Zero Tolerance to Drugs

Among the most recent methods of prohibiting drug abuse is the well-known “zero tolerance” policy used by some states and federal agencies. Its essence lies in the development of zero tolerance to any drug in any quantity, anywhere, at any time. The purpose of this policy is to attack the demand for drugs and thus make drug addicts responsible for their role in drug distribution.
As part of this policy, which was actively covered in the media in the late 80s and early 90s, cars, ships, luxury yachts were withdrawn from private property if they found at least a small dose of the drug. In just one month, the coast guard confiscated 27 vessels. One yacht, the “Royal Ship”, was confiscated when the guards discovered several seeds and a stalk of marijuana in the dressing table and in the garbage can. On another yacht, the Coast Guard inspectors found one twenty-eighth of an ounce of marijuana. These two yachts were returned to their owners after paying fines and the value of the property confiscated. These are just the two most famous cases. Smaller items of property such as cars and luggage were also confiscated, and many of these cases are still found in legal practice.
Some officials believed that the principle of zero tolerance should be extended. Edwin Meese III, the minister of justice in Ronald Reagan’s office, called for all workers in the country to be subjected to a drug test, and positive tests would mean immediate dismissal. According to Miz, the zero tolerance testing policy is an “absolute necessity” in dealing with the problem of drug abuse. Supporters of observance of the rule of law noted that the constitutional issues relating to such testing, especially those proposed by the government, would obviously prevent its wide dissemination.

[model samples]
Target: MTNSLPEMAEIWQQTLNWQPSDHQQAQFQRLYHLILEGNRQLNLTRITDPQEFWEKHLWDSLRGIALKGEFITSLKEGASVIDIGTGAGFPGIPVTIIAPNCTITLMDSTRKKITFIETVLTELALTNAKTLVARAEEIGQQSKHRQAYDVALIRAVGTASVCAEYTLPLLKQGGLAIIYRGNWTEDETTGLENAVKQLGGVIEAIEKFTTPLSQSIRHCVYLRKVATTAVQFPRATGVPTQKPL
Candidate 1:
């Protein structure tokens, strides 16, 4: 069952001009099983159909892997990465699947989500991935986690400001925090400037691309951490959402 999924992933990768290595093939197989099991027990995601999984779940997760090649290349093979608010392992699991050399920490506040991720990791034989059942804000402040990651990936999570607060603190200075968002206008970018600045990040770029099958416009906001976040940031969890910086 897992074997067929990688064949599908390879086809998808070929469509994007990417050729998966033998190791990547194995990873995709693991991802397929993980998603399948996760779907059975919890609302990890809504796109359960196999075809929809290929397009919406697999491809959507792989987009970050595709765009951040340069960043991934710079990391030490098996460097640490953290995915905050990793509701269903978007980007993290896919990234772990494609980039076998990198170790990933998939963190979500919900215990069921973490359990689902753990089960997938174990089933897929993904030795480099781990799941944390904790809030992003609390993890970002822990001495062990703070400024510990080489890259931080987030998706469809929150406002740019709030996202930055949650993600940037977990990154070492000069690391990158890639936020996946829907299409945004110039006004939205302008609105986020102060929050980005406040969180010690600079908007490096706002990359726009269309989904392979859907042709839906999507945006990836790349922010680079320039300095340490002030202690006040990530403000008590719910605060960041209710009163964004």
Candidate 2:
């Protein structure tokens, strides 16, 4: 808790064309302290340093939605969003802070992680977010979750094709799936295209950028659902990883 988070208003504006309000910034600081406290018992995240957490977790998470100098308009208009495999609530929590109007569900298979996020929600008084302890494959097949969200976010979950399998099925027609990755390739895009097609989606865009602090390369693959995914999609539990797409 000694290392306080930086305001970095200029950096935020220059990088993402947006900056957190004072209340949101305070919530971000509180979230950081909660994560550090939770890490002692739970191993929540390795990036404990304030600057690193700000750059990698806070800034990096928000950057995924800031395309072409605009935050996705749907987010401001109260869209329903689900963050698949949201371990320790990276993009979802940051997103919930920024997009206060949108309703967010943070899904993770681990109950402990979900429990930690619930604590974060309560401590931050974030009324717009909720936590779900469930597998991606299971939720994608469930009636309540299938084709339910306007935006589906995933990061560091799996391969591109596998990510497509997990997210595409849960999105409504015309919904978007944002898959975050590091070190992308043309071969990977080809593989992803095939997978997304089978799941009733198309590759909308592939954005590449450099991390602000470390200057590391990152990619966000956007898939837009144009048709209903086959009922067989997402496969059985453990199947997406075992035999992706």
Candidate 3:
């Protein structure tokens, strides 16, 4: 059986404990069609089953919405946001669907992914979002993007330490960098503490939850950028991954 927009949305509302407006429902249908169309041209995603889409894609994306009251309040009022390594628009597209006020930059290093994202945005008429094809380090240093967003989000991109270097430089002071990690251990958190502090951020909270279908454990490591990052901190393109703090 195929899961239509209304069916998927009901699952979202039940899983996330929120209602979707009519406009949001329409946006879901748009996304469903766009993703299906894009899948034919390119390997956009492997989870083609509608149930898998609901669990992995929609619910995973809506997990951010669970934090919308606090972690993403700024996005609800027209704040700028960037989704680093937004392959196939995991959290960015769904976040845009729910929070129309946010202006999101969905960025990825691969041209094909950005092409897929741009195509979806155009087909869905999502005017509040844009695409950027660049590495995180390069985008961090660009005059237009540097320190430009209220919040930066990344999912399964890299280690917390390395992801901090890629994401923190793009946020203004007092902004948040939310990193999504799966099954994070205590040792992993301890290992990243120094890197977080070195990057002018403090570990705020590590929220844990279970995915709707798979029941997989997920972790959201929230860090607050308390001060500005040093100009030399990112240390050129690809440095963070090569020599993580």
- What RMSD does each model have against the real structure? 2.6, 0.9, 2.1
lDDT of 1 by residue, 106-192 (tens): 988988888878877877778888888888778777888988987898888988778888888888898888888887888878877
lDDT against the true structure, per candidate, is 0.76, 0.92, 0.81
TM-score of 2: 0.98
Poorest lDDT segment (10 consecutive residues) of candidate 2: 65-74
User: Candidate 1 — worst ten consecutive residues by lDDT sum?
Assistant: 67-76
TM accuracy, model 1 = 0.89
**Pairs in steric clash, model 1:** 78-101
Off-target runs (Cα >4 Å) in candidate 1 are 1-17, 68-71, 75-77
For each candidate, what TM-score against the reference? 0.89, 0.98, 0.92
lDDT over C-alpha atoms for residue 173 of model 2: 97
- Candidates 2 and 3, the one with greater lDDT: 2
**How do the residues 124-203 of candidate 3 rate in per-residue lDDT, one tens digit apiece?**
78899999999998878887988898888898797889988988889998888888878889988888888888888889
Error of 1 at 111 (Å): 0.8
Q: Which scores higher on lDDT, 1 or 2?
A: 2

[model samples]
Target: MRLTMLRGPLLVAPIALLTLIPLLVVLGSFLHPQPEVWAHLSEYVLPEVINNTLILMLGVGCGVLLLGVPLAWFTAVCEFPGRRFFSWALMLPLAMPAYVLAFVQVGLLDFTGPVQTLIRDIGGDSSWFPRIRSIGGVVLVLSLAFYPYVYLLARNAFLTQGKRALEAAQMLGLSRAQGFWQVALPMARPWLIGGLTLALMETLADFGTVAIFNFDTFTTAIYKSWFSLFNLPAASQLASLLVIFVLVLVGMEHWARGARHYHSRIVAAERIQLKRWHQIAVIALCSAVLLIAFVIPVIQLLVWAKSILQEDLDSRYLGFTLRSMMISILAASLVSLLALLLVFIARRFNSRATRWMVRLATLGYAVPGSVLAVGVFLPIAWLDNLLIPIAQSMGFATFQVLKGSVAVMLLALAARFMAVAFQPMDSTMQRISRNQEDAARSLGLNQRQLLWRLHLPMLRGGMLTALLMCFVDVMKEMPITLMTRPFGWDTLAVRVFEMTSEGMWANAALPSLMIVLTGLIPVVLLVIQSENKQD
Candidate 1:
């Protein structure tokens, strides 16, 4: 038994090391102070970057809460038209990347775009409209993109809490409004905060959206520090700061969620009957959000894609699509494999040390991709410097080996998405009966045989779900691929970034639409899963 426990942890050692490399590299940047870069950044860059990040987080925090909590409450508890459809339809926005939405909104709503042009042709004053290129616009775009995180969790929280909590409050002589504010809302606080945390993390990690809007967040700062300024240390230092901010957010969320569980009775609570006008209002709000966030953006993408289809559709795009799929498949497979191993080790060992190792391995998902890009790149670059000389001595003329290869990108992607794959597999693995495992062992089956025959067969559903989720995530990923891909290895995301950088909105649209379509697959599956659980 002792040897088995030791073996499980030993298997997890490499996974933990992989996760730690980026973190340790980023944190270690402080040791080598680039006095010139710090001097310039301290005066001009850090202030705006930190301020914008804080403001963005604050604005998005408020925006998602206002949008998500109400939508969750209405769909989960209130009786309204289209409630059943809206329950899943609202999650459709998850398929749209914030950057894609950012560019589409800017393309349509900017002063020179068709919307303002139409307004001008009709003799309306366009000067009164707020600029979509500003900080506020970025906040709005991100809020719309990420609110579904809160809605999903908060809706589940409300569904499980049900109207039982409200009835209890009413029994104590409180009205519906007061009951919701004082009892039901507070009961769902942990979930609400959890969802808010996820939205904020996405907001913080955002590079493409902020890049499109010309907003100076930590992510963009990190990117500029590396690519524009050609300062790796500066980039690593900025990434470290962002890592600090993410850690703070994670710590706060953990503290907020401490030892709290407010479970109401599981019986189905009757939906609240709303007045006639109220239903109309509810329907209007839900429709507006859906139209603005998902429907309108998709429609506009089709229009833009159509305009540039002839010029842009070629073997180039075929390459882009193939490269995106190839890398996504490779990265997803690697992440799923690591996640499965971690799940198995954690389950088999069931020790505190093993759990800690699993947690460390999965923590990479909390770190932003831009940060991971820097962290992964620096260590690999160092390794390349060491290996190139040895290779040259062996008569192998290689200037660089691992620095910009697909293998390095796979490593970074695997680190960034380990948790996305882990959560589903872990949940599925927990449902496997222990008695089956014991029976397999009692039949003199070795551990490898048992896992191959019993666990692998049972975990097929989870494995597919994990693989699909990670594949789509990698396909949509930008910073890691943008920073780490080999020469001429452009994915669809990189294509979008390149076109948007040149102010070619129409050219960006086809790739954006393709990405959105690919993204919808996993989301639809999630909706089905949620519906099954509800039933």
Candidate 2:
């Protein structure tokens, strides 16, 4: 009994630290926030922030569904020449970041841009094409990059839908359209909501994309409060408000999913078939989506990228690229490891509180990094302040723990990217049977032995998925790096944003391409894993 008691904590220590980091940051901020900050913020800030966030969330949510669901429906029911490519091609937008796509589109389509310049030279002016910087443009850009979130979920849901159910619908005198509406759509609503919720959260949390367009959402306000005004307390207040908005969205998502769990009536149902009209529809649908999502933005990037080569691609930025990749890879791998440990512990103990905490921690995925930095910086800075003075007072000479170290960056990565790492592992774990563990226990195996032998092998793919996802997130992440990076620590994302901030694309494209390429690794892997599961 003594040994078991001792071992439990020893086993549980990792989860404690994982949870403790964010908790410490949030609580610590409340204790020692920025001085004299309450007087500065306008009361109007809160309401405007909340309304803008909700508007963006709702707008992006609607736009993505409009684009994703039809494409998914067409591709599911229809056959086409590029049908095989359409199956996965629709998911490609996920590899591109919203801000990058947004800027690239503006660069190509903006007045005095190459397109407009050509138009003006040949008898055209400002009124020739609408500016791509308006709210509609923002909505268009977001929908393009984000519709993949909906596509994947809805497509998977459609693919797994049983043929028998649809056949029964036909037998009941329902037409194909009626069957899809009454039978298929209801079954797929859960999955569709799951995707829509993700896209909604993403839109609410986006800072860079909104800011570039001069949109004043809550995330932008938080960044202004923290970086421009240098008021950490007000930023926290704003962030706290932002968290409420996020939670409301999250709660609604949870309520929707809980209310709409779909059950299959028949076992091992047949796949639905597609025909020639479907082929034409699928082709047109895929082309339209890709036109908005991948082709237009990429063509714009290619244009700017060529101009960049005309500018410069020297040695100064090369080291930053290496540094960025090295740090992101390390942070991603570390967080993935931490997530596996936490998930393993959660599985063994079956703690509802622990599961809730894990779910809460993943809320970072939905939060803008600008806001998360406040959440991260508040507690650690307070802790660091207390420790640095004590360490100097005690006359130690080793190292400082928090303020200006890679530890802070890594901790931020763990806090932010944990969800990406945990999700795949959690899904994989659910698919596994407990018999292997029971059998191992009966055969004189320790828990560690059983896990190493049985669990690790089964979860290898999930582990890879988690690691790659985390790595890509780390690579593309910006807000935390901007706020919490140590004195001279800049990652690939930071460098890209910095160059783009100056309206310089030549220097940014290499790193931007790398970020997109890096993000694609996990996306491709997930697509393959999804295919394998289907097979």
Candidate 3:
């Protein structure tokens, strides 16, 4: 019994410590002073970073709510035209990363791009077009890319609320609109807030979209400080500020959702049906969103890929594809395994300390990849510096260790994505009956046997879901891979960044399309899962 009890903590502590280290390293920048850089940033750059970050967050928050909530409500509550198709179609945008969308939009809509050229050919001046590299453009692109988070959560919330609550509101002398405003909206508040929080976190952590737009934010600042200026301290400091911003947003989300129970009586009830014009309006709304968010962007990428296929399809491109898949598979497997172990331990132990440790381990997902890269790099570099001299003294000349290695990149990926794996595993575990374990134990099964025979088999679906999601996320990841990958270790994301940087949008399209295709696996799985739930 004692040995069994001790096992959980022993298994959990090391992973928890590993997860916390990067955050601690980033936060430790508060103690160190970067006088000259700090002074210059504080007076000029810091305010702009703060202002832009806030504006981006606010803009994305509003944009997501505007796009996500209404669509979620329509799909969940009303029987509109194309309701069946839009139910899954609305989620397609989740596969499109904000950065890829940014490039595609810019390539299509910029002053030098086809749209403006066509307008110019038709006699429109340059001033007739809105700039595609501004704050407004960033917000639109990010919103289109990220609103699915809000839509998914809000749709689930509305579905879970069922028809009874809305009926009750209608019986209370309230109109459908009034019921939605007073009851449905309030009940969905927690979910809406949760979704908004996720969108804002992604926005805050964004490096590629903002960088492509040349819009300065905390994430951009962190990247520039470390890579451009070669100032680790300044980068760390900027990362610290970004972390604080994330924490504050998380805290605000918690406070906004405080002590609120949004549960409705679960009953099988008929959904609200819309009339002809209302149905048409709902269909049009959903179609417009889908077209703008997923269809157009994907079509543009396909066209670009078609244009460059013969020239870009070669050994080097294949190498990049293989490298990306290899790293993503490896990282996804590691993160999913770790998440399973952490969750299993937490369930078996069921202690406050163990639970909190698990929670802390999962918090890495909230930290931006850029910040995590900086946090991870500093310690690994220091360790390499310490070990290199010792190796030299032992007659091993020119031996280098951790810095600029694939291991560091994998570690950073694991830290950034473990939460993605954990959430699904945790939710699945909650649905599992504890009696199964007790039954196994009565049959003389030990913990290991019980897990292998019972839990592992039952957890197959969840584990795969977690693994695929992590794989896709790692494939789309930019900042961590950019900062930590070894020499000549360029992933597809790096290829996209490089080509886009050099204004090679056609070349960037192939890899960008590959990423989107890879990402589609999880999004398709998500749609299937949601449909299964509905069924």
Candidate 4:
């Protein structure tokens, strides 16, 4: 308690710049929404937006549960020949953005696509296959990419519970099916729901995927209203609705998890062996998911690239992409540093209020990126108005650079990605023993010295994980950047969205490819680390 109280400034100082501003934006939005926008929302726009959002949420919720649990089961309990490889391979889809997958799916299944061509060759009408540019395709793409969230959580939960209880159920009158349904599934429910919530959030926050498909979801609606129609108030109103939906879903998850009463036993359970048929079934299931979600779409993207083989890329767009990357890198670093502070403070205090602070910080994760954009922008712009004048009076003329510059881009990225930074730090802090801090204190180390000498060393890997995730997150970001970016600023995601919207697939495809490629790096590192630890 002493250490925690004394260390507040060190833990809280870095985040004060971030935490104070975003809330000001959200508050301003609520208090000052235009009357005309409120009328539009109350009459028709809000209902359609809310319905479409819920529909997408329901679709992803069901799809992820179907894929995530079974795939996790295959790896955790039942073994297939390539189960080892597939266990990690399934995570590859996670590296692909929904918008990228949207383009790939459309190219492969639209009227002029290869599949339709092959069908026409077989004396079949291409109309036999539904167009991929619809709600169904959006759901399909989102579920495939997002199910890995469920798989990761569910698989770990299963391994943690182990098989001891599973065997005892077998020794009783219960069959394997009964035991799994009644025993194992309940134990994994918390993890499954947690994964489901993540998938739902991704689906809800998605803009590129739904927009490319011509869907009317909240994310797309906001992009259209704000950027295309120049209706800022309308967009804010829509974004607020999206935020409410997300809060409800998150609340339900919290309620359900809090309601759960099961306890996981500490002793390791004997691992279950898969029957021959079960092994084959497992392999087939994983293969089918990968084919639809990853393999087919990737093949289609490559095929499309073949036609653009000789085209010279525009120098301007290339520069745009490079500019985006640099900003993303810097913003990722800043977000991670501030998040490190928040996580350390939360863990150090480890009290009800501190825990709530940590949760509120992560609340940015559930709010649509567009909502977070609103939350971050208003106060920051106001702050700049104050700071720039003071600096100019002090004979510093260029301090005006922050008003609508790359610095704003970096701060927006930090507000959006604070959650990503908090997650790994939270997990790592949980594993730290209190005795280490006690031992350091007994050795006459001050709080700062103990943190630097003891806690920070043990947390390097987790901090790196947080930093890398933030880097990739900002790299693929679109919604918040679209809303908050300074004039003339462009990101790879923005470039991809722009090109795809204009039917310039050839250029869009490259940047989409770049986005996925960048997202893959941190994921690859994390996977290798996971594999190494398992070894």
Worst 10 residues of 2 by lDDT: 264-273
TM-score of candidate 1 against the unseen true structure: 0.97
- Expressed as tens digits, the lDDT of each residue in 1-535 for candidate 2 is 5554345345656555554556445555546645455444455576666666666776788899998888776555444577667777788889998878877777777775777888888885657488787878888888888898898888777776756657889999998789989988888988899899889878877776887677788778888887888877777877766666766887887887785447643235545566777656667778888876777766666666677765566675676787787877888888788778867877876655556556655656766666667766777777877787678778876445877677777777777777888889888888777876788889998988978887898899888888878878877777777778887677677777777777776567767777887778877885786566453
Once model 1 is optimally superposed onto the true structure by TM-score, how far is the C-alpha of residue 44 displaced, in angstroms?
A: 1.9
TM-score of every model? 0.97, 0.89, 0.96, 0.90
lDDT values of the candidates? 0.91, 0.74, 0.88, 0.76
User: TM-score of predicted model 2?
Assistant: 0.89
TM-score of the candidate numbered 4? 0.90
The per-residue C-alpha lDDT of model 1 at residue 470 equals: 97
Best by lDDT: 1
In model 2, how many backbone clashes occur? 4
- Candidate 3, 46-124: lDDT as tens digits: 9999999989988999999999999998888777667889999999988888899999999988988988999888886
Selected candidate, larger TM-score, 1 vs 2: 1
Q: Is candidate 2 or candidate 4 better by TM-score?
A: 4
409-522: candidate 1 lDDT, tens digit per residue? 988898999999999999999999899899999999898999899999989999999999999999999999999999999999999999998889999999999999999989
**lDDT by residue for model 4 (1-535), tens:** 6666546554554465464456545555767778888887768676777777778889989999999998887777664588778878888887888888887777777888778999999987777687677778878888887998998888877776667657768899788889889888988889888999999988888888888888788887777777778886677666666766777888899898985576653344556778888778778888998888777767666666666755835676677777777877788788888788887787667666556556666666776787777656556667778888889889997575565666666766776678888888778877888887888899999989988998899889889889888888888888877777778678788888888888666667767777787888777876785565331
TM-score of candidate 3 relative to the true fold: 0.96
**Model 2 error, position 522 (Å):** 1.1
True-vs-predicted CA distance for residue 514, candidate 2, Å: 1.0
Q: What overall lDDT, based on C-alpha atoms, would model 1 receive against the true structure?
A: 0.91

Officials from the Reagan and Bush administrations thought that such methods could reduce drug abuse. However, many others are not so optimistic. They noticed that if even a small percentage of those who use drugs are arrested, the judicial system will simply get bogged down, even if the majority of them admit their guilt. It is believed that more need to deal with manufacturers and traffickers.
The elaboration of a national policy, for example, a policy of zero tolerance, is, of course, a function of the chief officials of the government, and it would be very interesting to study in greater detail the strategy of the Clinton administration in this matter. Clinton expressed his willingness to devote large resources to combating the demand for drugs with methods of prevention and treatment of drug addiction. The effects of such a policy will be visible very soon.

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